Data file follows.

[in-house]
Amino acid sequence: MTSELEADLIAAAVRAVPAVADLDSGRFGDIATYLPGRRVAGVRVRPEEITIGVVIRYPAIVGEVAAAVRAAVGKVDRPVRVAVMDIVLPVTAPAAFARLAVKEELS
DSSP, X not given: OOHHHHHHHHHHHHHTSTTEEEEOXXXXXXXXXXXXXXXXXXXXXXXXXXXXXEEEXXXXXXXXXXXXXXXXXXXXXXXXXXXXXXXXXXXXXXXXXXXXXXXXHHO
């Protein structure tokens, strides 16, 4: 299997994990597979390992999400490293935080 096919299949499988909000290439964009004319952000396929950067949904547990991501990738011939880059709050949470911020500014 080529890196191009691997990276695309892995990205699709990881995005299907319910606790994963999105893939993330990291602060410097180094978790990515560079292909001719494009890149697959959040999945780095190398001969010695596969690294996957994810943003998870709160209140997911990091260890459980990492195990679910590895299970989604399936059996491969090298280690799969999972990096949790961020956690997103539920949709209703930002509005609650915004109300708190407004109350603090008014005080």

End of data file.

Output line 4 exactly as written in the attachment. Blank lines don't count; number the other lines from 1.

């Protein structure tokens, strides 16, 4: 299997994990597979390992999400490293935080 096919299949499988909000290439964009004319952000396929950067949904547990991501990738011939880059709050949470911020500014 080529890196191009691997990276695309892995990205699709990881995005299907319910606790994963999105893939993330990291602060410097180094978790990515560079292909001719494009890149697959959040999945780095190398001969010695596969690294996957994810943003998870709160209140997911990091260890459980990492195990679910590895299970989604399936059996491969090298280690799969999972990096949790961020956690997103539920949709209703930002509005609650915004109300708190407004109350603090008014005080």